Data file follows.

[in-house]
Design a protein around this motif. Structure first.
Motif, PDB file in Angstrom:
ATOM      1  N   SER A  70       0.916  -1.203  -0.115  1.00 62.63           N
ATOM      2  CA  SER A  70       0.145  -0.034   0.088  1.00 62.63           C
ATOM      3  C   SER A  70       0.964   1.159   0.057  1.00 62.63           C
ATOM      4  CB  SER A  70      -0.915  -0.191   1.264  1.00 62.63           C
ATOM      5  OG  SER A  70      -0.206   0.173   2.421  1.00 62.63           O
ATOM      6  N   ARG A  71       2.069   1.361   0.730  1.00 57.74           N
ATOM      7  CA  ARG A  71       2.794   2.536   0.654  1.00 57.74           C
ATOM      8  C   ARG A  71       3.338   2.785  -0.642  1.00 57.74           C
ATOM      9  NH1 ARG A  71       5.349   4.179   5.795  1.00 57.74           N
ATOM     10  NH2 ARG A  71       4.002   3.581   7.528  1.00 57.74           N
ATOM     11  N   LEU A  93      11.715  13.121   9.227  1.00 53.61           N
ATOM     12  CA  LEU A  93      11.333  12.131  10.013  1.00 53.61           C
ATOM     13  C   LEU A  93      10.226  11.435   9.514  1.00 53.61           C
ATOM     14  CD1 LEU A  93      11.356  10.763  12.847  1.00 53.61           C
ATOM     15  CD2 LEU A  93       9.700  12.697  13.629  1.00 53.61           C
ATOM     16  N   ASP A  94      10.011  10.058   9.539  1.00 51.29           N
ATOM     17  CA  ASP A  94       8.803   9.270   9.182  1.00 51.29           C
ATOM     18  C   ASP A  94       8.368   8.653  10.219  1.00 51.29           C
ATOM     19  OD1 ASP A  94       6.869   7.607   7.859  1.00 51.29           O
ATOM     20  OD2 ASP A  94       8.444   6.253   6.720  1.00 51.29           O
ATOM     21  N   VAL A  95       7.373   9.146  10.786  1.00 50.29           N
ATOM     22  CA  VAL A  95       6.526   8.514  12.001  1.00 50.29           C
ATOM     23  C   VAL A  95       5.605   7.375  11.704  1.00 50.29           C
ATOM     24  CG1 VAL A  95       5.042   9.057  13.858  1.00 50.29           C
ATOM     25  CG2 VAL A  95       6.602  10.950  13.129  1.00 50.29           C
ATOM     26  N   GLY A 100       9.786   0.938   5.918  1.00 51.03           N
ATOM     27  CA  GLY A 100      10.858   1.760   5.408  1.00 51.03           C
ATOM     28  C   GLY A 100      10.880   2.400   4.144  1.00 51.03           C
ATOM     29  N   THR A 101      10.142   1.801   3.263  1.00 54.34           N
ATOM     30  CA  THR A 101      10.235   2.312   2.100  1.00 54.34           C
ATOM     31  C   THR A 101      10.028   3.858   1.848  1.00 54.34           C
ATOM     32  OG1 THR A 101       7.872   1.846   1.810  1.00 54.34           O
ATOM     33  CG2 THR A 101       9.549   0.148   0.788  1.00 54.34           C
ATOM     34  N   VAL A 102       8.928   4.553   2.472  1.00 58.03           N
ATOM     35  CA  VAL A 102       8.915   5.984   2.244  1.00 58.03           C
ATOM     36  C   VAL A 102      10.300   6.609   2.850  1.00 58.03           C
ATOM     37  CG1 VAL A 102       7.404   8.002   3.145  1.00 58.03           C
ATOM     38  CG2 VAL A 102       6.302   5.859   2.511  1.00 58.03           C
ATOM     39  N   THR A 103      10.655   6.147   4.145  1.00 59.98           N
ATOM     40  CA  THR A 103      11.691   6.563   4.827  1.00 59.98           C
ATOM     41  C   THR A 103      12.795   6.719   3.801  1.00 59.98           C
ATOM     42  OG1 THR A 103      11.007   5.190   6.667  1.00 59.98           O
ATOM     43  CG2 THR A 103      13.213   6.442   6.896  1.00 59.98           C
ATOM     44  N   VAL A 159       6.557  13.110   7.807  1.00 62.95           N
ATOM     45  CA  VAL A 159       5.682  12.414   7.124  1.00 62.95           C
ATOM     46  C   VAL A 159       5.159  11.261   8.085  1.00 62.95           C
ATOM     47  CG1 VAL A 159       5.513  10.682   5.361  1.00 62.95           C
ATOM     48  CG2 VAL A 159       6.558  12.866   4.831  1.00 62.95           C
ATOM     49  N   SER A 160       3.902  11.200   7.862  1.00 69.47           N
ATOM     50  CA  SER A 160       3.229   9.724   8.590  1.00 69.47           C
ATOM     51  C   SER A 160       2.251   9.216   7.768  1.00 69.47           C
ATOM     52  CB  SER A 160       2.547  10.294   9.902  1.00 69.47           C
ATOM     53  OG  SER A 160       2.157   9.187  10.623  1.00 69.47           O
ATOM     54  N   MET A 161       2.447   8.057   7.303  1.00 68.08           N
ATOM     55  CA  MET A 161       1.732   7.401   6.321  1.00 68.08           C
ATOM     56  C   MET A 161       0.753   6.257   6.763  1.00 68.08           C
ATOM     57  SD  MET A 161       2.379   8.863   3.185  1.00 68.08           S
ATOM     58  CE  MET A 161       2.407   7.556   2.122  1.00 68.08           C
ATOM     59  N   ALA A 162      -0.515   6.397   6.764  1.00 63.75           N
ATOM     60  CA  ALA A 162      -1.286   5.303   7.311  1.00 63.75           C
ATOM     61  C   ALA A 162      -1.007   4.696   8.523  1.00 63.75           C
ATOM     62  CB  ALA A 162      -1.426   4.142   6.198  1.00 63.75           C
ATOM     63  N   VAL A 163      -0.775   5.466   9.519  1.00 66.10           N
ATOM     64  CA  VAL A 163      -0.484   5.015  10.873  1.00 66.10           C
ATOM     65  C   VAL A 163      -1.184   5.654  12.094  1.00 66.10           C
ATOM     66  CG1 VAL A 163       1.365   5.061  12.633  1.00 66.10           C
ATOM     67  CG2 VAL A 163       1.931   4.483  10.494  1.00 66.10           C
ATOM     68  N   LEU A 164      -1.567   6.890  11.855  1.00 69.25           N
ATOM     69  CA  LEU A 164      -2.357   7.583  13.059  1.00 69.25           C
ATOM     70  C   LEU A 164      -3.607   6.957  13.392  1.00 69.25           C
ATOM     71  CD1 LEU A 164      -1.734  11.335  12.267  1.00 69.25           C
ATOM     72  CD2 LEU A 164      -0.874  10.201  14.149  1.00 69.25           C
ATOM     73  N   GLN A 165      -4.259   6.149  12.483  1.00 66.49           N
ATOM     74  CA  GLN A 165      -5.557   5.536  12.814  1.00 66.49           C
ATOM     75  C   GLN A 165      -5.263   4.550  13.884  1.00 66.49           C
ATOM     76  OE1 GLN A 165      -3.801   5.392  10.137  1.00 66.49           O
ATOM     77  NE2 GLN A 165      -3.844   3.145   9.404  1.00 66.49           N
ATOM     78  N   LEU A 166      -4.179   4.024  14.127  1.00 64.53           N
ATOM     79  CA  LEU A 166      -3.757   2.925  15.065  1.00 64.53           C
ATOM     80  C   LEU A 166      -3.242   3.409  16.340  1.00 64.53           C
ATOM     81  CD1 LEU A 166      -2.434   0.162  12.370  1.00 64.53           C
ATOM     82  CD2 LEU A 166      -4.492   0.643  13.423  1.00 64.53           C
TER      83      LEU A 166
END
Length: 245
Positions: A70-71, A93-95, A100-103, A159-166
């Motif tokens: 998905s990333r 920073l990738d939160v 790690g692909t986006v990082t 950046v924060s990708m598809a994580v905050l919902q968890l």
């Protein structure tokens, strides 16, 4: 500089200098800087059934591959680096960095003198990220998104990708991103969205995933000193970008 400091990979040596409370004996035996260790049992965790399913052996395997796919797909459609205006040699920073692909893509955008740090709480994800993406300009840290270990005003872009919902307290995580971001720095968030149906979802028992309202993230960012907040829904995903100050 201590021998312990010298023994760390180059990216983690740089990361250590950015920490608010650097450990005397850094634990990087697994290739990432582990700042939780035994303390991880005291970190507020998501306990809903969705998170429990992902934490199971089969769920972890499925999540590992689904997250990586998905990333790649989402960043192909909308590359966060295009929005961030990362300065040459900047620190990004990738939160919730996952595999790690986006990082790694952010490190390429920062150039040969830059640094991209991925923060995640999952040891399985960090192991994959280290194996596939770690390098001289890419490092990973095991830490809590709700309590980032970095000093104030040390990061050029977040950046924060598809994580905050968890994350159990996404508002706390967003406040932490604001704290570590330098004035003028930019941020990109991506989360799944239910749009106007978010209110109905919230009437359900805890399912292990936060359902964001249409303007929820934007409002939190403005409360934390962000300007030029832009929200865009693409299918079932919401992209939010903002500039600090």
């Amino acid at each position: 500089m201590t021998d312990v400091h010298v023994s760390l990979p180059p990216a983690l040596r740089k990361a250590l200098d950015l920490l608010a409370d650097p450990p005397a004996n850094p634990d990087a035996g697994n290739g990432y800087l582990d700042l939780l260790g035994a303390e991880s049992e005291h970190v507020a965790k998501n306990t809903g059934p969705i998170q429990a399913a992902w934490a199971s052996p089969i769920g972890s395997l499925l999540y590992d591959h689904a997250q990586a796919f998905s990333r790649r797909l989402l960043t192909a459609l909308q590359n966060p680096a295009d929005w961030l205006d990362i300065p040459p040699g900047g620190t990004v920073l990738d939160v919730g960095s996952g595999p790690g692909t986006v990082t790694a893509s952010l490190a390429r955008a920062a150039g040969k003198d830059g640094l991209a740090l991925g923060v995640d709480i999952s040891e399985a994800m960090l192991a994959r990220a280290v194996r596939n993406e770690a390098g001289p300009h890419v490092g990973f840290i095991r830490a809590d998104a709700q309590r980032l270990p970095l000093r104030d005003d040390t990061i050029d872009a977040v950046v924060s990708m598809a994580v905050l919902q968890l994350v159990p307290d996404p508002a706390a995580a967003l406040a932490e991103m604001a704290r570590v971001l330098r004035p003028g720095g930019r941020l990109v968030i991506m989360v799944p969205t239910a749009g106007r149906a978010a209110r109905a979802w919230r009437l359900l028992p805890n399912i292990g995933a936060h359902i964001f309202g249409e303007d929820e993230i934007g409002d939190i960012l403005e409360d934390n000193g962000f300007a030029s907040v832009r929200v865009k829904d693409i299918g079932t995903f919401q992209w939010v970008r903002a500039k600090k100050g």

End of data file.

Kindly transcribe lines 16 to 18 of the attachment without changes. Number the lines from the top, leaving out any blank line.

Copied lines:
ATOM     13  C   LEU A  93      10.226  11.435   9.514  1.00 53.61           C
ATOM     14  CD1 LEU A  93      11.356  10.763  12.847  1.00 53.61           C
ATOM     15  CD2 LEU A  93       9.700  12.697  13.629  1.00 53.61           C